WASHINGTON—Following a management shake-up last week and several recent dings to its reputation, Wachovia Corp. plans to hire a third-party consultant to review its internal controls.

G. Kennedy Thompson, who was stripped of his chairman title and duties last week but remains the president and chief executive, did not address his change in duties Monday during a presentation at a conference in New York. However, he did say that he met with some of the $808 billion-asset Charlotte company’s directors Saturday to discuss the review.

"The company will conduct a joint management-led, audit-committee-led look at all of our controls," he said a conference hosted by UBS AG. Wachovia has yet to select the third party that will conduct the review, Thompson said, but it should begin this week and would "probably take three to four months." The review should allow his company to receive "a clean bill of health" and "come forward and say this is a company that's in control and a company that can perform."

The announcement was received well by Wall Street, though some said they would prefer if Wachovia's management and board did not participate.

Gary Townsend, president and CEO of Hill-Townsend Capital LLC, said in an interview that such a review "was long overdue" and suggests that Wachovia's management "hasn't been doing its job." He also said he is pleased the board "had finally taken note of the situation."

Nancy Bush, president of NAB Research LLC, was more skeptical of the plan, given the role that Wachovia executives and certain directors are expected to have.

"They need to be absolutely hands off," she said in an interview. "I want to hear that at the end of it that the results will be reported straight to shareholders and not filtered through management or the board."

Analysts said they want the third-party consultant to pay considerable attention to the decisions made by Thompson and three other Wachovia executives: Thomas J. Wurtz, its chief financial officer; Donald Truslow, its chief risk officer; and Steven E. Cummings, the head of corporate and investment banking.

A Wachovia spokeswoman said none of those executives would be available for comment.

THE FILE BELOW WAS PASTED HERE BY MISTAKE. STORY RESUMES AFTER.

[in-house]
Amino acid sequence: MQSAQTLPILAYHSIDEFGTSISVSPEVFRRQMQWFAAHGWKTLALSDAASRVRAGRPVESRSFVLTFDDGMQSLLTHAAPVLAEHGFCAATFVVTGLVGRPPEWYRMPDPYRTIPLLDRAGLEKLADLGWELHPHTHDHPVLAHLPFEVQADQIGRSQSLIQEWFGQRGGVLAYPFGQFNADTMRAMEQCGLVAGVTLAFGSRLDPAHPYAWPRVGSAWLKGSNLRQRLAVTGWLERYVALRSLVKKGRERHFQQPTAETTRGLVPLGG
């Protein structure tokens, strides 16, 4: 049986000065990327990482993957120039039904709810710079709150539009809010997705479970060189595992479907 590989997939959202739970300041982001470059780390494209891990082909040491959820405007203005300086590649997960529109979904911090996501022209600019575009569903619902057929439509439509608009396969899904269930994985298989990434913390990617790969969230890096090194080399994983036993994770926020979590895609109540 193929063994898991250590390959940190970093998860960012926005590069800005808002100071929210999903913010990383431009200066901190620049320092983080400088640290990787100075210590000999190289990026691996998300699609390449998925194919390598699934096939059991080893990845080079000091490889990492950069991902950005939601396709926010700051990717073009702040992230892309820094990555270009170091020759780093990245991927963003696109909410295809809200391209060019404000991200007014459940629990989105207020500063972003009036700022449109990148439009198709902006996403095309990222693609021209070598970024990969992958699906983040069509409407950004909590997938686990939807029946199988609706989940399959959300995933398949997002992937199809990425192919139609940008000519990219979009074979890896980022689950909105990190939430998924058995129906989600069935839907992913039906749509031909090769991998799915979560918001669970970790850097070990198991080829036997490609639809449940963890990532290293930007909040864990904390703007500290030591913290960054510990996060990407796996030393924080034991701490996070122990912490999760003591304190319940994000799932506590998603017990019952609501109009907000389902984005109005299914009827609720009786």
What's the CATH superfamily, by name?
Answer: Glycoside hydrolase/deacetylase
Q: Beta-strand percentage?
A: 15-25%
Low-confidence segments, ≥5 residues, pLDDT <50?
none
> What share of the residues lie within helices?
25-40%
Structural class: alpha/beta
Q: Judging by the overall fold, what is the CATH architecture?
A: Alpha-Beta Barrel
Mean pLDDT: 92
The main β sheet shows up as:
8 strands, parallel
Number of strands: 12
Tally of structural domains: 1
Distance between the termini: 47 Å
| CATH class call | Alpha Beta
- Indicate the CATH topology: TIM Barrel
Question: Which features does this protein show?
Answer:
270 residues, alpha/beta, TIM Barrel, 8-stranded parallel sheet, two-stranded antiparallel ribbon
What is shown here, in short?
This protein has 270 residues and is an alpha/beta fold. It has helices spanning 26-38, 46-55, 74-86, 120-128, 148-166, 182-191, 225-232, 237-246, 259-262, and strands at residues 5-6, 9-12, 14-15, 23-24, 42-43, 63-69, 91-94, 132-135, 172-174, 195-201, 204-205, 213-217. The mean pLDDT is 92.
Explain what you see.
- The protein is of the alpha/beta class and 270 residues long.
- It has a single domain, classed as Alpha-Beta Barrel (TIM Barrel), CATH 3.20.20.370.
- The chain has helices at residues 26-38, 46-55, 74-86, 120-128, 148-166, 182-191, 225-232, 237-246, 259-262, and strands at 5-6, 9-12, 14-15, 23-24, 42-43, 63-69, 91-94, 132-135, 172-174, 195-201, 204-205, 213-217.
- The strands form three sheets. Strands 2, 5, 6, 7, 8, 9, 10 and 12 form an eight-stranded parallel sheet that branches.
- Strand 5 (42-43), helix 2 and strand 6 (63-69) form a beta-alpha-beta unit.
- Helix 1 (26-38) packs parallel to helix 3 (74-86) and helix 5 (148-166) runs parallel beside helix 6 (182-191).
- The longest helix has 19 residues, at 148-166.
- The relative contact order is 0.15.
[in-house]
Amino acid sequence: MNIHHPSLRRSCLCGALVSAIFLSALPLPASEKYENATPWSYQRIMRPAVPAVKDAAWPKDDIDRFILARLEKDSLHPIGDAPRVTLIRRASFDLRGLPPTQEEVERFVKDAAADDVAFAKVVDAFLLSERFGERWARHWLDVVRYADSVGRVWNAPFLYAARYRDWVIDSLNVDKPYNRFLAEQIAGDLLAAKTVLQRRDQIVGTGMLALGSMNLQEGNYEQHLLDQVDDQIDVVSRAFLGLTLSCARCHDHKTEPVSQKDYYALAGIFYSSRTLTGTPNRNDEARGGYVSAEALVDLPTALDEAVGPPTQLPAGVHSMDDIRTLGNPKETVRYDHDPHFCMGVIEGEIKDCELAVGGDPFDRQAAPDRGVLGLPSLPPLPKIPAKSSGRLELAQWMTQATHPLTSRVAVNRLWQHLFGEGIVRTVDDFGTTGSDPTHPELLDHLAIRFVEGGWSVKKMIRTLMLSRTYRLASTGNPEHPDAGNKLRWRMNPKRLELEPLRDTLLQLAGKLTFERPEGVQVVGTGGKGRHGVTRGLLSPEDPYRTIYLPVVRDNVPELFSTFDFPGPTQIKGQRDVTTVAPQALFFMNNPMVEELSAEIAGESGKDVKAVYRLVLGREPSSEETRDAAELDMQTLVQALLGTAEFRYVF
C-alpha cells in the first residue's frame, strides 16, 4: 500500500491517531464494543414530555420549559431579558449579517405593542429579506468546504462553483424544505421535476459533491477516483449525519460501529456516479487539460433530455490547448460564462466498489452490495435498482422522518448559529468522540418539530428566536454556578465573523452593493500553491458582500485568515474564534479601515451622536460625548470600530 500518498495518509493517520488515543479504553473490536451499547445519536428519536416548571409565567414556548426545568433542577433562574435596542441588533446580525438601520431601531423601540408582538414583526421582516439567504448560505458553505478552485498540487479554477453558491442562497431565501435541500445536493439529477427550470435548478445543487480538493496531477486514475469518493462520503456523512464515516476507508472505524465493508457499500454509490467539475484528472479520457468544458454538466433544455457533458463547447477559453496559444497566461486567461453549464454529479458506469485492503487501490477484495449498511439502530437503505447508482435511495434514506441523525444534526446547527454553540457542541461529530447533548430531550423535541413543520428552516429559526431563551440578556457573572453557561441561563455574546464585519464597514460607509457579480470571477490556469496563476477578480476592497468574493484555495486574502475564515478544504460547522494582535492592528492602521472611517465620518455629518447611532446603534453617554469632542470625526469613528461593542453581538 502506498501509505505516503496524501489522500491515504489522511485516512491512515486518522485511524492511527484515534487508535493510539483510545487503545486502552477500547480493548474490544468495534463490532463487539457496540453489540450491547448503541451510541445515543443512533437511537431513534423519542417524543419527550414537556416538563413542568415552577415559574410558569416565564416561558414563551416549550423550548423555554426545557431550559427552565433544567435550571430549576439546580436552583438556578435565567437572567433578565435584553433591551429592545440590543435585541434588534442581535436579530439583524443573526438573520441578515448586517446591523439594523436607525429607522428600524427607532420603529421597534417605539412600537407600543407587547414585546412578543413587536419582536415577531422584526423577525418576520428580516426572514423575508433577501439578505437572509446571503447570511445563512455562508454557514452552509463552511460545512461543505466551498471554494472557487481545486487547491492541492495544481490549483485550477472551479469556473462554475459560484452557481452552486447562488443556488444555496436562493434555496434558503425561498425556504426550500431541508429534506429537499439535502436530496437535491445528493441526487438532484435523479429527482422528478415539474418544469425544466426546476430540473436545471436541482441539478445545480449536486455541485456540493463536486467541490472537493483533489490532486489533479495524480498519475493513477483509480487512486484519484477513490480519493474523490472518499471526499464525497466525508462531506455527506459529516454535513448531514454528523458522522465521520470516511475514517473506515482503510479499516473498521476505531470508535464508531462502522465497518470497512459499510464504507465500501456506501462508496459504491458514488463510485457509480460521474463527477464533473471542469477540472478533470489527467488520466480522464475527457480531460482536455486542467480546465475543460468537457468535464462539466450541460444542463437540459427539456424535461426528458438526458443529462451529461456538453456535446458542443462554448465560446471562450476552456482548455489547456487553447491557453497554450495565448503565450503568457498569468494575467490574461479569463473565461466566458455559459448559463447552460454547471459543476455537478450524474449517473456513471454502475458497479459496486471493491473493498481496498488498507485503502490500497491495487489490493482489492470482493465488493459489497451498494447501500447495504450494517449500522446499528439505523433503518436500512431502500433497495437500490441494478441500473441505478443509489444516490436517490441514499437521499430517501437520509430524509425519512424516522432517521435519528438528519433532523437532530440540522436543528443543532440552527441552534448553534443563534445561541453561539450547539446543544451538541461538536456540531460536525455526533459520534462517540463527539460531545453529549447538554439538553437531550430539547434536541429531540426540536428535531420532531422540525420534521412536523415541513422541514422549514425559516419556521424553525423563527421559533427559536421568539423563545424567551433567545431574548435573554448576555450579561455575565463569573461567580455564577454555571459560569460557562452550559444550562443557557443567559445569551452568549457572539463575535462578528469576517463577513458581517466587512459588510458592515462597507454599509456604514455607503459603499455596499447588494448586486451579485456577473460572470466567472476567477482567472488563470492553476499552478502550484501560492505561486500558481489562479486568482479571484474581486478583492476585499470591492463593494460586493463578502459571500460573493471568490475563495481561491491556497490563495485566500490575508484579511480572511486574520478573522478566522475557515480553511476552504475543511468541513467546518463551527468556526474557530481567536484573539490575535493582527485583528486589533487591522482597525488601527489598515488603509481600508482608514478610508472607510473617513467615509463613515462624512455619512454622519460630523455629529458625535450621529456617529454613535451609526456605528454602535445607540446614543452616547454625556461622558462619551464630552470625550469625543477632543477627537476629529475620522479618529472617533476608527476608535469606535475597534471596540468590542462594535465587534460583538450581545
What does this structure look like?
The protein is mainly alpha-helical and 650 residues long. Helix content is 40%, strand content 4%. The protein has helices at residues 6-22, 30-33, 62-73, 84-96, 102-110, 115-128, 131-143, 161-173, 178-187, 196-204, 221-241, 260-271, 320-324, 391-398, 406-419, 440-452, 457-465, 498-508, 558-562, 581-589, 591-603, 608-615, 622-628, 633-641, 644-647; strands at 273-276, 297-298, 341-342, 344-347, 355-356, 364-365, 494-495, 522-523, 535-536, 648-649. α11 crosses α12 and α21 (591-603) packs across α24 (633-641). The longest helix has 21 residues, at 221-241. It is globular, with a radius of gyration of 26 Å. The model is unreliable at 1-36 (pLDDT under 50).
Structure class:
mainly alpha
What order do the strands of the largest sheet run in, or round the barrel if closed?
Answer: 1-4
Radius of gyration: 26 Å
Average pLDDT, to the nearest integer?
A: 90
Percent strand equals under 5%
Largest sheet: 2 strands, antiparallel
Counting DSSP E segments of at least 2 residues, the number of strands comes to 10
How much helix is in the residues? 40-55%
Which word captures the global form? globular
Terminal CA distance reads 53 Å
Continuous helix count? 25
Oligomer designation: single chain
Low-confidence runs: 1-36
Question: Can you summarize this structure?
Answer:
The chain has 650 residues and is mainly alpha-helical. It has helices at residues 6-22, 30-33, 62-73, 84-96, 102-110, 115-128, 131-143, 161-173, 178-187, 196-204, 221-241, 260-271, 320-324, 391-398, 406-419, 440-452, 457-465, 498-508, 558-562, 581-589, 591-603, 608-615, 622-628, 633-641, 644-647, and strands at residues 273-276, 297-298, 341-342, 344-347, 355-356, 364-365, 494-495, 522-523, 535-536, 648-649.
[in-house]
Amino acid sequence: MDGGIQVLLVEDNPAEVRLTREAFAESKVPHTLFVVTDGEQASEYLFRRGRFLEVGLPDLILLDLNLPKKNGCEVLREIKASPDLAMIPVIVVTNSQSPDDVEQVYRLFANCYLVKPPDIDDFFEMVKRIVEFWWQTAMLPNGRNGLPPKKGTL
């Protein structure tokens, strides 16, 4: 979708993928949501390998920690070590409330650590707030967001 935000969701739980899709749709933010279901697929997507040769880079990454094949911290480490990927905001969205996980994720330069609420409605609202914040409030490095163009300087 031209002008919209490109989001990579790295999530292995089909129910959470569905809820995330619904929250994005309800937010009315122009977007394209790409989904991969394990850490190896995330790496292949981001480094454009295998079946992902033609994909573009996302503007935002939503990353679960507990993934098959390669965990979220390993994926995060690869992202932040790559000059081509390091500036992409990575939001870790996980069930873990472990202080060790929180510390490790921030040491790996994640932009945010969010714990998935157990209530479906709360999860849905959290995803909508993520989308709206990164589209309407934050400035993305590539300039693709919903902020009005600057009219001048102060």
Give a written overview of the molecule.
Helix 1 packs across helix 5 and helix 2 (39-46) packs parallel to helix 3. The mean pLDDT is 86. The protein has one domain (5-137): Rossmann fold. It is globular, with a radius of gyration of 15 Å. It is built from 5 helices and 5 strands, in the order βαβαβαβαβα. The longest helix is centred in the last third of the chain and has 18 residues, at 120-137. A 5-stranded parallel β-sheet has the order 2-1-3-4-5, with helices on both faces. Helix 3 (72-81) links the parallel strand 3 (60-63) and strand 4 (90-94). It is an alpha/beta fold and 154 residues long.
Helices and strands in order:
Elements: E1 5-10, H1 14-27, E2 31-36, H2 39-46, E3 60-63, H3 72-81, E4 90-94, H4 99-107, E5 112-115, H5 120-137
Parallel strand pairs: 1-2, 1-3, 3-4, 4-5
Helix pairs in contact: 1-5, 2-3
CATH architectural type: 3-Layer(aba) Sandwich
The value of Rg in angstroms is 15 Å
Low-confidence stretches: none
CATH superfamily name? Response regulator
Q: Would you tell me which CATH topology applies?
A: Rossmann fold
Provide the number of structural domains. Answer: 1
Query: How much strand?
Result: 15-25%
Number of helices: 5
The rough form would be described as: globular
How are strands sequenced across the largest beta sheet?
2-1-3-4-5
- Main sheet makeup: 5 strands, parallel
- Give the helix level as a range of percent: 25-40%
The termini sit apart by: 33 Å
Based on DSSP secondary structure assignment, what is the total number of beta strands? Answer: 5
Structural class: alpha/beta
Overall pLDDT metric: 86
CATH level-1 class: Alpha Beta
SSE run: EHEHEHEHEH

Wachovia has stumbled several times recently. Last month it agreed to pay $144 million to settle a government probe into its ties to telemarketers. The Justice Department is investigating its possible role in the alleged laundering of drug proceeds by Mexican and Colombian money transfer companies. In its quarterly filing Monday, Wachovia said its Wachovia Securities LLC had received inquiries and subpoenas from the Securities and Exchange Commission and several state regulators on the underwriting and sale of auction-rate securities. In the filing, Wachovia amended its first-quarter results for the second time in as many weeks, reporting a net loss of $707 million, or $1 million less than its amended report last week. Both amendments cited major losses from bank-owned life insurance. This quarter it expects to record a noncash charge of $800 million to $1 billion after taxes to cover exposure to certain leveraged-lease transactions it conducted from 1999 to 2003.

Thompson said Monday that it was a "coincidence" that all of those issues surfaced within the span of a few weeks. The issues give "the perception that Wachovia is a company in crisis," but "I want to assure you that that is not the situation at all."

The issues surfaced after Wachovia's annual meeting last month, when several shareholders demanded that Mr. Thompson resign. They voiced frustration with the October 2006 purchase of the Oakland, Calif., thrift company Golden West Financial Corp. and the decision to slash the dividend and raise $8 billion of capital. Executives had repeatedly said that its capital position and dividend appeared secure.

On Monday, Thompson also cautioned investors that credit quality is deteriorating beyond mortgages. "All credit is getting worse," he said. "We will see increases across all portfolios."

Wachovia also plans to cut head count in its fixed-income business by a third and to eliminate 10% of the support positions in its corporate and investment bank, according to a slide for the conference. It was unclear whether those cuts were part of the 500 investment banking positions the company said it would cut last month.

(c) 2008 American Banker and SourceMedia, Inc. All Rights Reserved


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